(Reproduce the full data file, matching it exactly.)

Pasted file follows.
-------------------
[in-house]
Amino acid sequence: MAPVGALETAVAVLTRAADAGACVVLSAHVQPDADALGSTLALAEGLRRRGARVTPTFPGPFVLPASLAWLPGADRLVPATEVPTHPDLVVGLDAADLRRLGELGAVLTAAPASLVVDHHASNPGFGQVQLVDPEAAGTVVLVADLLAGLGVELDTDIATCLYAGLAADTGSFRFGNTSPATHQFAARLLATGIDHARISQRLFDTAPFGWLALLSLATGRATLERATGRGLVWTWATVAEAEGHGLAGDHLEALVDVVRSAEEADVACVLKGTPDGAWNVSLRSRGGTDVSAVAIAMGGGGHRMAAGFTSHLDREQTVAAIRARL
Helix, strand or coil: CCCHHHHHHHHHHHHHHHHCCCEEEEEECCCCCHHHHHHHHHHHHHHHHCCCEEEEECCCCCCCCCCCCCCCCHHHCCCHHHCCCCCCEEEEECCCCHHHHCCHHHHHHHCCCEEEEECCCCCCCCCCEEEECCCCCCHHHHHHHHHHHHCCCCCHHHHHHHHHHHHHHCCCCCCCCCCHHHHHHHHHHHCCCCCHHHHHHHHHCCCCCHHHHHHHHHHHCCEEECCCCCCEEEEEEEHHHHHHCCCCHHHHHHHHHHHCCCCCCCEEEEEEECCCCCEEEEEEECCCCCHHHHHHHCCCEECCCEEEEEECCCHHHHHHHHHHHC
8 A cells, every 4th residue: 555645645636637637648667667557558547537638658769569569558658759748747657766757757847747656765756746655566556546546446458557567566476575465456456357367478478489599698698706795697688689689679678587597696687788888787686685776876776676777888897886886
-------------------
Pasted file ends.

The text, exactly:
[in-house]
Amino acid sequence: MAPVGALETAVAVLTRAADAGACVVLSAHVQPDADALGSTLALAEGLRRRGARVTPTFPGPFVLPASLAWLPGADRLVPATEVPTHPDLVVGLDAADLRRLGELGAVLTAAPASLVVDHHASNPGFGQVQLVDPEAAGTVVLVADLLAGLGVELDTDIATCLYAGLAADTGSFRFGNTSPATHQFAARLLATGIDHARISQRLFDTAPFGWLALLSLATGRATLERATGRGLVWTWATVAEAEGHGLAGDHLEALVDVVRSAEEADVACVLKGTPDGAWNVSLRSRGGTDVSAVAIAMGGGGHRMAAGFTSHLDREQTVAAIRARL
Helix, strand or coil: CCCHHHHHHHHHHHHHHHHCCCEEEEEECCCCCHHHHHHHHHHHHHHHHCCCEEEEECCCCCCCCCCCCCCCCHHHCCCHHHCCCCCCEEEEECCCCHHHHCCHHHHHHHCCCEEEEECCCCCCCCCCEEEECCCCCCHHHHHHHHHHHHCCCCCHHHHHHHHHHHHHHCCCCCCCCCCHHHHHHHHHHHCCCCCHHHHHHHHHCCCCCHHHHHHHHHHHCCEEECCCCCCEEEEEEEHHHHHHCCCCHHHHHHHHHHHCCCCCCCEEEEEEECCCCCEEEEEEECCCCCHHHHHHHCCCEECCCEEEEEECCCHHHHHHHHHHHC
8 A cells, every 4th residue: 555645645636637637648667667557558547537638658769569569558658759748747657766757757847747656765756746655566556546546446458557567566476575465456456357367478478489599698698706795697688689689679678587597696687788888787686685776876776676777888897886886